Ronnie: Yeah, I have been thinking the same thing! I hope that true. People have been locked in their houses, so when they get the chance to go back outside, everybody will want to go out. Hopefully is like that.

Are you guys preparing something to remain active until this pandemic is over? Doing live interviews, gigs and stuffs?

Ronnie: Yes, I have been doing a lot of interviews, pretty much everyday now. Because this is the only thing that we can do. We are just waiting for them to say that we can go back to work. The longer that will last, maybe we will come with some more ideas and to more things, but right now we just kinda hope that it ends tomorrow (laughs).

What are your plans after everything is back to normal? Are you guys going to tour all around the globe?

Ronnie: Yeah, we had a bunch of shows and I would be on tour right now. It was supposed to start on April 2[sup]nd[/sup] and go till 29[sup]th[/sup] and then I would come back to USA and then I was moving to Ireland, then I was suppose to go back to Germany then we were supposed to go back on tour for the rest of the year actually.


Ronnie: Yeah, they asked me to move because living in the USA flying back and fourth started to become a little of hassle and I have to stay there for a while, its expensive and there's a long flight. They wanted me to move to Germany, but my wife is from Ireland, she has family there, Irish citizenship, we are married, and we just tried to move to Ireland. The band said that's goods, so hopefully that is my future.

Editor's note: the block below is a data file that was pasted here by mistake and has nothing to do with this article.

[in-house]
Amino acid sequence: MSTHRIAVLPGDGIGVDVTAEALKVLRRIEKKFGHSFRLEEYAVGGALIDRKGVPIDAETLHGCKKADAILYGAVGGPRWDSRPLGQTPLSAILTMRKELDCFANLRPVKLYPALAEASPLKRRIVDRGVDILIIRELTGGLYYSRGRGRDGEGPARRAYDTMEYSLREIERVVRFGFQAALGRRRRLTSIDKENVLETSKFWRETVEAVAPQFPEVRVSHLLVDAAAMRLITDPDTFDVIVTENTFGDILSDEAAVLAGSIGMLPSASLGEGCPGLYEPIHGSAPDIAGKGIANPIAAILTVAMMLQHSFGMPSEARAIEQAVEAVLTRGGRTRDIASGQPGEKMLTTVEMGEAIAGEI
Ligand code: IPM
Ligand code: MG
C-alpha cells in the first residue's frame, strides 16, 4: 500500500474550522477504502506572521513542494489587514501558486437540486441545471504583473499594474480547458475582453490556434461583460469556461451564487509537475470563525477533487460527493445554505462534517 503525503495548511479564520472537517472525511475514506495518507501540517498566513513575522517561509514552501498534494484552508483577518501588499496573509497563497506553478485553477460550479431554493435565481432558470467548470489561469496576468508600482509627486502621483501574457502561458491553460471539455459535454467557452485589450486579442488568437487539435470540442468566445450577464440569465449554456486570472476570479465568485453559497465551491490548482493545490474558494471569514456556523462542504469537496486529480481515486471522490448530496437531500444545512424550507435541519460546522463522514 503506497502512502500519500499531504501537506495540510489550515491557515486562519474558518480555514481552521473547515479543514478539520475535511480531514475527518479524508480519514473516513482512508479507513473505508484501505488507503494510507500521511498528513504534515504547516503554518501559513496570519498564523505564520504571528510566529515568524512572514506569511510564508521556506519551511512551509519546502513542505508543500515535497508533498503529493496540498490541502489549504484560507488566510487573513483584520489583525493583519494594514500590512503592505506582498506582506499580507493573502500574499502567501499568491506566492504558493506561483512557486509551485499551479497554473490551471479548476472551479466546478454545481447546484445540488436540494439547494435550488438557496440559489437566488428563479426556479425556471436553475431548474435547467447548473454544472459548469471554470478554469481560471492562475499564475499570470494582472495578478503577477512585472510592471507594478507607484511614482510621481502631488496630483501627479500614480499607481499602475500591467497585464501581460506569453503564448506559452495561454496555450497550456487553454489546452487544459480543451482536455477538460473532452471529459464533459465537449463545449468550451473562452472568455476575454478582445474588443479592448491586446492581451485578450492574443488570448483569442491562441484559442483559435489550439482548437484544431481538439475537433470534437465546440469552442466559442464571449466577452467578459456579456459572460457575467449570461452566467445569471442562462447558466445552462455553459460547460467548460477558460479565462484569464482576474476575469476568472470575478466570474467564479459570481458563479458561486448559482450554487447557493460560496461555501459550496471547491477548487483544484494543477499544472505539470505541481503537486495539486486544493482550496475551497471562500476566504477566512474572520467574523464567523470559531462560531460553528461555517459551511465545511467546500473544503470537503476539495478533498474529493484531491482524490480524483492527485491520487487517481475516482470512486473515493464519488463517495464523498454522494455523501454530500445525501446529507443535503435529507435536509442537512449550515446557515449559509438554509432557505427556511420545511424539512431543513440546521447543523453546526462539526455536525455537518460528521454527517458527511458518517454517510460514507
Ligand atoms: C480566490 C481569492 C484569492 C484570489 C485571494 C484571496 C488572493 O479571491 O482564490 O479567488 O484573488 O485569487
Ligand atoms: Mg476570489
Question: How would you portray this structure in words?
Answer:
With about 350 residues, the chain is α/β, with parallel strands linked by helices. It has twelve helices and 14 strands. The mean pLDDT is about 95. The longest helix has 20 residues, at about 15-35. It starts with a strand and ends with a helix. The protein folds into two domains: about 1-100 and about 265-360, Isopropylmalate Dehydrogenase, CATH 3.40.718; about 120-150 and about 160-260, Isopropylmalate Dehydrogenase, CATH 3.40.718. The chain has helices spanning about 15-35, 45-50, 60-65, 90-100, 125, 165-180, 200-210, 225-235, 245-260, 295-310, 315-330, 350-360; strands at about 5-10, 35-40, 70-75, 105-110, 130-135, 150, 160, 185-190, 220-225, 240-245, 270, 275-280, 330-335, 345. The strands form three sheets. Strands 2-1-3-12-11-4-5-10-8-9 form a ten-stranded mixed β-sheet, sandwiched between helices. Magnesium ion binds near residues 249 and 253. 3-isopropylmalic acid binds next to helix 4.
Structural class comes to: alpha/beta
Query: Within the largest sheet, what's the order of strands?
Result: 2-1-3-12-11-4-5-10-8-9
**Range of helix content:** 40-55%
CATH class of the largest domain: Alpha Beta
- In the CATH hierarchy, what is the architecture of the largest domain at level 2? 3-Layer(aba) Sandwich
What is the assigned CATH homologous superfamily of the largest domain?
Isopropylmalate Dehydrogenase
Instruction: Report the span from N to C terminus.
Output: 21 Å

Well, I hope that everything works fine, because its hard to play in a band from another continent (laughs).

Ronnie: (laughs) it is really, and I have been doing that for six years now and its really a lot of time away from home.

I think that its better even for touring, right?

Ronnie: Yes, absolutely and it will be easier to do things. Because if something comes up at the last minute and I'm in the USA and they are in Germany, its hard to do something really fast. Like if somebody calls asking us to play tomorrow! no we cannot, it's kind of impossible. But if we were all in Germany or at least in Europe we can do something like that, you know? Its better for me to be over there. A lot easier on me too.

Well Ronnie, we are at our last question and I would like to thank you for your time. Would you like to say something to your fans?

Ronnie: Yes, check out the new Bonfire album Fistful of Fire on AFM Records. We would love to see you on tour, everybody please stay safe, stay home and this will be over soon, and we'll see you at the show.